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I'm going to post some incomplete code to make the example simple. I'm running a recursive function to compute some metrics on a hierarchical structure.

class Category(models.Model):

parent = models.ForeignKey('self', null=True, blank=True, related_name='children', default=1)

def compute_metrics(self, shop_object, metric_queryset=None, rating_queryset=None)
    if(metric_queryset == None):
        metric_queryset = Metric.objects.all()
    if(rating_queryset == None):
        rating_queryset = Rating.objects.filter(shop_object=shop_object)

    for child in self.children.all():
        do stuff
        child_score = child.compute_metrics(shop_object, metric_queryset, rating_queryset)

    metrics_in_cat = metric_queryset.filter(category=self) 
    for metric in metrics_in_cat
          do stuff

I hope that's enough code to see what's going on. What I'm after here is a recursive function that is only going to run those queries once each, then pass the results down. That doesn't seem to be happening right now and it's killing performance. Were this PHP/MySQL (as much as I dislike them after working with Django!) I could just run the queries once and pass them down.

From what I understand of Django's querysets, they aren't going to be evaluated in my if queryset == None then queryset=stuff part. How can I force this? Will it be re-evaluated when I do things like metric_queryset.filter(category=self)?

I don't care about data freshness. I just want to read from the DB once for each of metrics and rating, then filter on them later without hitting the DB again. It's a frustrating problem that feels like it should have a very simple answer. Pickling looks like it could work but it's not very well explained in the Django documentation.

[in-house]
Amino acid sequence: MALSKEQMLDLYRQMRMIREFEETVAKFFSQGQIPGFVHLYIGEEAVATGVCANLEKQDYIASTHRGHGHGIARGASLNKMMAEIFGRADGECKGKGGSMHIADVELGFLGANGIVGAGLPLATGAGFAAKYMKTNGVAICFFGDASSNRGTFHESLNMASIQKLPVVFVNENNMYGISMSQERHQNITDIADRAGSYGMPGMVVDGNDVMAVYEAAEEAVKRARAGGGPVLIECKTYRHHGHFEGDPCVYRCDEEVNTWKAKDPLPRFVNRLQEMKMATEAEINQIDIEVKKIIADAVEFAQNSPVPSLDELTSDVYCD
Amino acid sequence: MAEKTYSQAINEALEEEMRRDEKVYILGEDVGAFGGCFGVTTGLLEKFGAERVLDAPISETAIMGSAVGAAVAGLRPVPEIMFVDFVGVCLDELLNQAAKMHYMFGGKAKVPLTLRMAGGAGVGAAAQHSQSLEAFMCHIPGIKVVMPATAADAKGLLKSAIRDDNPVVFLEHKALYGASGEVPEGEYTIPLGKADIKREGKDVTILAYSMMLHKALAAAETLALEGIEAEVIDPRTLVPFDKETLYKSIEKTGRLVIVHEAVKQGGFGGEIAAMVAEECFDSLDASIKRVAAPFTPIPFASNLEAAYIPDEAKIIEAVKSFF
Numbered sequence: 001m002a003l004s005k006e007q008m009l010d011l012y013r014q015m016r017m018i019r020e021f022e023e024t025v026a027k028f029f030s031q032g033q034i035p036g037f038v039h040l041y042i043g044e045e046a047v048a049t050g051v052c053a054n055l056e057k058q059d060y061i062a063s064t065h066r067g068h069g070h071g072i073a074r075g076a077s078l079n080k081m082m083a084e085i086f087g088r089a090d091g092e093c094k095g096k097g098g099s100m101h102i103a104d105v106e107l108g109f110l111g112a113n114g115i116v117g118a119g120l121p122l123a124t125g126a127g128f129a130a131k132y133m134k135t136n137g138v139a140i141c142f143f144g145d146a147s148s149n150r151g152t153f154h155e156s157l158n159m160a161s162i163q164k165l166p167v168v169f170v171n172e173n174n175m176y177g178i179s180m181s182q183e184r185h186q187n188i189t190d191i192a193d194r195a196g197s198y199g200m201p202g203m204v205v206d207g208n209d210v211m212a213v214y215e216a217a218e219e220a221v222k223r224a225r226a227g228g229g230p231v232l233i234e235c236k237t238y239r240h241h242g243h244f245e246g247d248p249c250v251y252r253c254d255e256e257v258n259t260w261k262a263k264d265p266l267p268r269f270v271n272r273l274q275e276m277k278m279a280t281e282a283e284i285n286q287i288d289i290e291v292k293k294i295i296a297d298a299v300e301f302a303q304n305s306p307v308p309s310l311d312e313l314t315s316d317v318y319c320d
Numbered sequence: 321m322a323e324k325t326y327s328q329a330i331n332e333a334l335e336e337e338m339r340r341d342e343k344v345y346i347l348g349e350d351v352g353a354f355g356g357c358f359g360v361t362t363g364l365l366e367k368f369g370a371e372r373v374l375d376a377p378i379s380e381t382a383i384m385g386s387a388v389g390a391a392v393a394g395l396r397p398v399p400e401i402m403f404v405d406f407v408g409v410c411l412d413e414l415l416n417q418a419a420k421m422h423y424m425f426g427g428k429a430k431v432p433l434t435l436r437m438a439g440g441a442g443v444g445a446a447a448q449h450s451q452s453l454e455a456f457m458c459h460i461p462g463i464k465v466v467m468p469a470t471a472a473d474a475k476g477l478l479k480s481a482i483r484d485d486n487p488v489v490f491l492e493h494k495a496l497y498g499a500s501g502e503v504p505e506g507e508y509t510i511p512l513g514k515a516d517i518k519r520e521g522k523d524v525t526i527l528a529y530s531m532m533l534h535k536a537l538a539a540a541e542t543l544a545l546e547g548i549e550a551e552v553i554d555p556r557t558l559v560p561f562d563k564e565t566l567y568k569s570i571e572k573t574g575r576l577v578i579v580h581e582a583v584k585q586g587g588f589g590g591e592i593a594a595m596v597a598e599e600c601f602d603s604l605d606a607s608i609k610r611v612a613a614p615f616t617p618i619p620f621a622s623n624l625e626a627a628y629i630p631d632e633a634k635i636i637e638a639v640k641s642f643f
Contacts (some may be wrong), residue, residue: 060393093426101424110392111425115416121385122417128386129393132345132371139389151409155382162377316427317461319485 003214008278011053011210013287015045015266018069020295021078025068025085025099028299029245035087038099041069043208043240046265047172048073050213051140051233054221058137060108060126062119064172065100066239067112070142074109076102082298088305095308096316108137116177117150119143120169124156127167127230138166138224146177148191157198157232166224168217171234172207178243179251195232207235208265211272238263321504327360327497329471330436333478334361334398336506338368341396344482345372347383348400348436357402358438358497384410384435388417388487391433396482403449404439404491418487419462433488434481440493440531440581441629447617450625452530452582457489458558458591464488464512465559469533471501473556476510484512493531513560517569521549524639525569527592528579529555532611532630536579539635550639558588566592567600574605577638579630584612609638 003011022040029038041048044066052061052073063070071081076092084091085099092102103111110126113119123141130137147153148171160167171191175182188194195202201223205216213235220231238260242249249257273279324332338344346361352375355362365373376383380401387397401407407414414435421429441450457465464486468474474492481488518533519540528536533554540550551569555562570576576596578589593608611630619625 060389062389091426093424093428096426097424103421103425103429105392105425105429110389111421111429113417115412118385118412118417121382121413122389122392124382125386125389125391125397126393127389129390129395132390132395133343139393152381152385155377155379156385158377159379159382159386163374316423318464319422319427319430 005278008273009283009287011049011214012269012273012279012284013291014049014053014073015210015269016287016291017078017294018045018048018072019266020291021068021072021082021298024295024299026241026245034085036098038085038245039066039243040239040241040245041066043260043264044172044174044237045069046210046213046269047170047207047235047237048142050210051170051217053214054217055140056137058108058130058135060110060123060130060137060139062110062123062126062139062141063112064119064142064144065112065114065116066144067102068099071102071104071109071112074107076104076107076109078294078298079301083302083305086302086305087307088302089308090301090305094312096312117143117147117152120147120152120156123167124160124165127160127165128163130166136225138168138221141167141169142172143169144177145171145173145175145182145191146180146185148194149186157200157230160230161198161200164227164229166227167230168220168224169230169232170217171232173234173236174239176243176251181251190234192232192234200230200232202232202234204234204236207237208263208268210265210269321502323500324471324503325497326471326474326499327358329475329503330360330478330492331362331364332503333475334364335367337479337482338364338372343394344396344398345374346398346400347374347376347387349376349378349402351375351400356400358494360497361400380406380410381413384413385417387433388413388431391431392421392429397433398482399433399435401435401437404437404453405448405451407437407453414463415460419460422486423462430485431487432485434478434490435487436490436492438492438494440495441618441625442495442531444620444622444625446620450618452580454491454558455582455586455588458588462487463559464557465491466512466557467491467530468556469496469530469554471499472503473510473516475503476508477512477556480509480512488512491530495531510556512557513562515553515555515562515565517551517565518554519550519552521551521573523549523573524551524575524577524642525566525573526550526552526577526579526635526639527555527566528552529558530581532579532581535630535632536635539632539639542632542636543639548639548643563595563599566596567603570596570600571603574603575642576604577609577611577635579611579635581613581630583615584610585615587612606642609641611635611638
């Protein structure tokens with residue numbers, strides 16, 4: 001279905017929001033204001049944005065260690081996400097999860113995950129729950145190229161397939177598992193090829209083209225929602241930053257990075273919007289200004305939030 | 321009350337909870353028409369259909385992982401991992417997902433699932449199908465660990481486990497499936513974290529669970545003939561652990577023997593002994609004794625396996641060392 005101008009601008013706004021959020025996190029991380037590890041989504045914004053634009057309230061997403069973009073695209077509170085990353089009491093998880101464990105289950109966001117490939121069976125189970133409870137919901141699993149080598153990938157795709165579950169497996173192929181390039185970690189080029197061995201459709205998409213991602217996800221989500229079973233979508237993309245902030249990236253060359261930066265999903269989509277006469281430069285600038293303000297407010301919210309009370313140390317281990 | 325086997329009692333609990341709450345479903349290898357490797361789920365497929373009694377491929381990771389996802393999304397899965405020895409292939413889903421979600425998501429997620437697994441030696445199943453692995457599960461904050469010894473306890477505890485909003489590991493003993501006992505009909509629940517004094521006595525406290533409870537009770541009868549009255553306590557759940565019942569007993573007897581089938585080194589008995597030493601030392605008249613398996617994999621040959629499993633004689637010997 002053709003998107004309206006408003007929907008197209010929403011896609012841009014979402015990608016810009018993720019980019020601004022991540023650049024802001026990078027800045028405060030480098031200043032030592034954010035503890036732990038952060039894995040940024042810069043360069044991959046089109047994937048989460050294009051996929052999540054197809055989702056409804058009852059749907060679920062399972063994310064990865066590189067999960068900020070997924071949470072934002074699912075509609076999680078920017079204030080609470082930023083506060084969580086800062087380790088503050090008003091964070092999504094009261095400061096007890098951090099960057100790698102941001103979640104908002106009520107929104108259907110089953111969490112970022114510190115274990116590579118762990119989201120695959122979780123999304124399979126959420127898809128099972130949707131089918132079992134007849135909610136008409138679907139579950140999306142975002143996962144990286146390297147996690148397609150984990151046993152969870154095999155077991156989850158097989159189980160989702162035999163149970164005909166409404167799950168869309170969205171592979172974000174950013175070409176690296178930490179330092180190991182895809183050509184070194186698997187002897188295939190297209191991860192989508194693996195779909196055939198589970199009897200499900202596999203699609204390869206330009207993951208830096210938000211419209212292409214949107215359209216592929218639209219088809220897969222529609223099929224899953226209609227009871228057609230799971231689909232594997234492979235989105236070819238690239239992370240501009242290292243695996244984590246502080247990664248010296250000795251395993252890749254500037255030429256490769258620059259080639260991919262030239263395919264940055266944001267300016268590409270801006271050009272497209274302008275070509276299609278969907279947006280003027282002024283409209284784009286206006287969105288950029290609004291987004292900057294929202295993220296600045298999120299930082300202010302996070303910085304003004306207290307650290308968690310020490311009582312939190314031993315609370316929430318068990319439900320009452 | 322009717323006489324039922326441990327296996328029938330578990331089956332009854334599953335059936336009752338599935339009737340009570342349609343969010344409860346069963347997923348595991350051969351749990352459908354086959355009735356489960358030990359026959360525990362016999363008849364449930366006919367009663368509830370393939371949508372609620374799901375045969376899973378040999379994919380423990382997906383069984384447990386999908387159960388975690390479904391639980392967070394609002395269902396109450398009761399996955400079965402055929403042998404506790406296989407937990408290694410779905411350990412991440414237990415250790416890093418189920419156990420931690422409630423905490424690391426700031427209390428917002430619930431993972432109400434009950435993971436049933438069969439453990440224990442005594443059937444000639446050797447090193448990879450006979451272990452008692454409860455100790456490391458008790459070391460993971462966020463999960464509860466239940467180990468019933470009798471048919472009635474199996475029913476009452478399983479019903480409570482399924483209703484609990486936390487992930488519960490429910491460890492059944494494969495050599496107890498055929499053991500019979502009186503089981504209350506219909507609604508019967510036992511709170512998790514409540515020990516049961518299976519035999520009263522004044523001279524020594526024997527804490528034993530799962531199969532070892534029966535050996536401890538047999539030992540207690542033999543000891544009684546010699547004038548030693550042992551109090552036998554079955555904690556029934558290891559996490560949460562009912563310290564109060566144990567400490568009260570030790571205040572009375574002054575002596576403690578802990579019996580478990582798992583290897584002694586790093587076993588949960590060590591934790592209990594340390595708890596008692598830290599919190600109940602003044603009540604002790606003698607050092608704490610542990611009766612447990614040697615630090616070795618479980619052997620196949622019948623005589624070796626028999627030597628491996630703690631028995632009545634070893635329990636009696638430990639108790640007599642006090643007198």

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I think the problem here is you are not evaluating the queryset until after your recursive call. If you use list() to force the evaluation of the queryset then it should only hit the database once. Note you will have to change the metrics_in_cat line to a python level filter rather than using queryset filters.

parent = models.ForeignKey('self', null=True, blank=True, related_name='children', default=1)

def compute_metrics(self, shop_object, metric_queryset=None, rating_queryset=None)
    if(metric_queryset is None):
        metric_queryset = list([Metric.objects.all())
    if(rating_queryset is None):
        rating_queryset = list(Rating.objects.filter(shop_object=shop_object))

    for child in self.children.all():
        # do stuff
        child_score = child.compute_metrics(shop_object, metric_queryset, rating_queryset)

    # metrics_in_cat = metric_queryset.filter(category=self)
    metrics_in_cat = [m for m in metric_queryset if m.category==self]
    for metric in metrics_in_cat
        # do stuff
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